Take the 2-minute tour ×
WordPress Development Stack Exchange is a question and answer site for WordPress developers and administrators. It's 100% free, no registration required.

I'm trying to add a rewrite rule to Wordpress. I want to rewrite: "http://www.domain.com/plm_check/var_a/var_b/var_c/" to actually use a file from "http://www.domain.com/wp-content/plugins/plm/webservices/plm_check.php?var_a=...&var_b=...&var_c=..."

I've registered it like this:

/* Register rewrites for web service calls */
add_action( 'generate_rewrite_rules' , 'register_plm_rewrites');
function register_plm_rewrites() { //
    global $wp_rewrite; 

    $wp_rewrite->add_external_rule( '^plm_check/([a-zA-z0-9_]+)/([a-zA-z0-9-]+)/([0-9]+)/?$' , PLM_PLUGIN_URL . 'webservices/plm_check.php' );

    // Flush the rules
    $wp_rewrite->flush_rules(); 
}

Instead of add_external_rule, I've tried add_rewrite_rule like this:

$wp_rewrite->add_rewrite_rule( '^plm_check/([a-zA-z0-9_]+)/([a-zA-z0-9-]+)/([0-9]+)/?$' , PLM_PLUGIN_URL . 'webservices/plm_check.php' , 'top' );

I've also tried it with and without $wp_rewrite.

I think the problem is that Wordpress won't allow me to directly access that file as a URL. For instance, if I just put in "http://www.domain.com/wp-content/plugins/plm/webservices/plm_check.php", it takes me to the 404 page, even though the file actually exists.

Am I using these functions wrong? Hooking to the wrong action? Trying to do something that WP isn't going to allow?

Thanks!

share|improve this question
    
what does your plugin file do? do you need to connect to the database or otherwise use the WordPress environment? external rules end up in your .htaccess file and WP is never loaded for those requests, so if they're correctly formatted there should be no interaction or interference from WordPress. If you need the WP environment, then an internal rule is necessary. –  Milo Jan 16 '13 at 17:43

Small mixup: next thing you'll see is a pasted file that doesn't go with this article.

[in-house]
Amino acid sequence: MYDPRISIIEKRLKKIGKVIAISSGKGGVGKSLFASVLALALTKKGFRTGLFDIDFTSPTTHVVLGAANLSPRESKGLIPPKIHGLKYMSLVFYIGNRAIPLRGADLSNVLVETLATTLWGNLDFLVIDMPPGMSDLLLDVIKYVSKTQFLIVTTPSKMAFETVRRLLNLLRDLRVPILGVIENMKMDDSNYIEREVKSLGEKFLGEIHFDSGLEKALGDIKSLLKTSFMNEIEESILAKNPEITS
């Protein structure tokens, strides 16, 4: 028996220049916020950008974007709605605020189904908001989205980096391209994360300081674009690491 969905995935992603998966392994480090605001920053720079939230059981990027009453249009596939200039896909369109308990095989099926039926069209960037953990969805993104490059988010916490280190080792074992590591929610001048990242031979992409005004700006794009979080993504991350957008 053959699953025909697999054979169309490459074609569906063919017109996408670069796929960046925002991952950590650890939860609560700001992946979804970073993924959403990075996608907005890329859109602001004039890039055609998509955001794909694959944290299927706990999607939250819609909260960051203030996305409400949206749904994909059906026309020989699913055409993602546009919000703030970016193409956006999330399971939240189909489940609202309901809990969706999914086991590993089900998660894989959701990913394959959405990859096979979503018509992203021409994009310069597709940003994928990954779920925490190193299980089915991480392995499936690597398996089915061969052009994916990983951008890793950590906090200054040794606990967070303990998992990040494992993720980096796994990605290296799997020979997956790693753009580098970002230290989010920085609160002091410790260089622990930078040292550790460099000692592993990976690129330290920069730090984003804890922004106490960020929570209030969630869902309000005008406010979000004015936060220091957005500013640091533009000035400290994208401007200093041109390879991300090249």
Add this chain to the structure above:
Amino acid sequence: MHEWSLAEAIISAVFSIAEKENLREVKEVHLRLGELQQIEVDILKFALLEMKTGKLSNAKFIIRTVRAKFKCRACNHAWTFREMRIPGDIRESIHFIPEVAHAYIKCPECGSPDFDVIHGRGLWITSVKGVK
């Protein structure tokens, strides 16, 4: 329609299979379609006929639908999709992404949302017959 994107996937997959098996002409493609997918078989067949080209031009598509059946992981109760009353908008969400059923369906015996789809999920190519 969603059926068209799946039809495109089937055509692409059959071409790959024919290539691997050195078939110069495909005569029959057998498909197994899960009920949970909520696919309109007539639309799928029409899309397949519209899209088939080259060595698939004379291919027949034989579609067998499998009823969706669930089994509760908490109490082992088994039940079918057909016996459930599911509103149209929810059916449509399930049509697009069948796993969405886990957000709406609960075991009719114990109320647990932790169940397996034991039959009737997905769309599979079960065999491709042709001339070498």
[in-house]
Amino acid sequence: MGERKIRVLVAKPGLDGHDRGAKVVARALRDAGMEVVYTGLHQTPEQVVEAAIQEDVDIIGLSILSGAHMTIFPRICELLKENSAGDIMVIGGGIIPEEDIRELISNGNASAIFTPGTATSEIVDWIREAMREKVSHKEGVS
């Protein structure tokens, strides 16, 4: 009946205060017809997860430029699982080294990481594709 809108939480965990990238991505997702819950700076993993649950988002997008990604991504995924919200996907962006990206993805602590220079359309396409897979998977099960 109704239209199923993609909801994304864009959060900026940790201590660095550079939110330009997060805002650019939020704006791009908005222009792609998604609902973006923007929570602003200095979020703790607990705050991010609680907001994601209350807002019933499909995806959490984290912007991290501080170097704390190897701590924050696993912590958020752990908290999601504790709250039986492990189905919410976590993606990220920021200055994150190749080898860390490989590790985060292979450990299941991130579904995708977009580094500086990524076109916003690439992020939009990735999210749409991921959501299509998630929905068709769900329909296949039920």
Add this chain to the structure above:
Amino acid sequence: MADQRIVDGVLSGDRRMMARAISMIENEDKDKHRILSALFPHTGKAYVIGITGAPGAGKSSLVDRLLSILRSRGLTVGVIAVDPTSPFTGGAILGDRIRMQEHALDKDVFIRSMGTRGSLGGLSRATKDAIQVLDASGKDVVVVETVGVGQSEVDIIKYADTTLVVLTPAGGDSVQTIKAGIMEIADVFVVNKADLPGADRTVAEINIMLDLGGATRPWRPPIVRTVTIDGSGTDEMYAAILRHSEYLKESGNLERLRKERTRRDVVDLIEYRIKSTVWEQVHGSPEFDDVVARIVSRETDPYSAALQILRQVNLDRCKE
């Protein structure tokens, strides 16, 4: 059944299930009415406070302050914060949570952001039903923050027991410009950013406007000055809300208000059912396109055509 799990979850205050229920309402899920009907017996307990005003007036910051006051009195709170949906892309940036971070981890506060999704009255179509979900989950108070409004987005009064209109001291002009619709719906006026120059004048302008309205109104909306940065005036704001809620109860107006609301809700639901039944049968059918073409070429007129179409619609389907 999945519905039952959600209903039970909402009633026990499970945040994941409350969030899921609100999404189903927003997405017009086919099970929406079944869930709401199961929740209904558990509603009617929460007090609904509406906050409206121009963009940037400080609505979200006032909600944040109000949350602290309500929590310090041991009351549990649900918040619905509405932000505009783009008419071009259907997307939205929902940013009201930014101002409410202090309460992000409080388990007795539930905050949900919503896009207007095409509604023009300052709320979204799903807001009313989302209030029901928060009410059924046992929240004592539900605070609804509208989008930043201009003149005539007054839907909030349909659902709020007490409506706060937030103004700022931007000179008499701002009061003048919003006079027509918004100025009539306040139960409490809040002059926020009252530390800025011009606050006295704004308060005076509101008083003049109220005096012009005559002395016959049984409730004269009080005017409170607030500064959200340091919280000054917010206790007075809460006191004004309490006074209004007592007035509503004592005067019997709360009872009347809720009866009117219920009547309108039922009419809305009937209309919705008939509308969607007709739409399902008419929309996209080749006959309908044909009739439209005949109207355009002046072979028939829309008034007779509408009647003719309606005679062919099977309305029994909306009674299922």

It's a web service returning some XML data and is going to have to connect to the database. So I need to use the add_rewrite_rule? –  skustes Jan 16 '13 at 18:05
    
Right now my web service page is just text while I get the rewrite portion fixed. I just tried it with add_rewrite_rule and still end up at the 404 page. –  skustes Jan 16 '13 at 18:08

2 Answers 2

up vote 1 down vote accepted

Here's a quick (hopefully error-free!) example of adding an internal rewrite and loading a plugin file to process those requests. This will give you access to the WordPress environment so you can use the database, etc..

The general steps are:

  1. add your rewrite and point it to index.php with your custom query vars appended
  2. register your custom query vars so WordPress knows what they are
  3. hook the parse_request action and check if one of the query vars is set. if it is, load the plugin file and exit before WordPress does the default query and loads the template

.

<?php
/*
Plugin Name: PLG
Plugin URI:
Description:
Author:
Version:
Author URI:
*/

class PLG {

    static $plugin_path;

    public function __construct(){
        $this->plugin_path = plugin_dir_path(__FILE__);
        register_activation_hook( __FILE__, array( $this, 'flush' ) );
        add_action( 'init', array( $this, 'init') );
        add_filter( 'query_vars', array( $this, 'query_vars') );
        add_action( 'parse_request', array( $this, 'parse_request') );
    }

    public function flush(){
        $this->init();
        flush_rewrite_rules();
    }

    public function init(){
        add_rewrite_rule(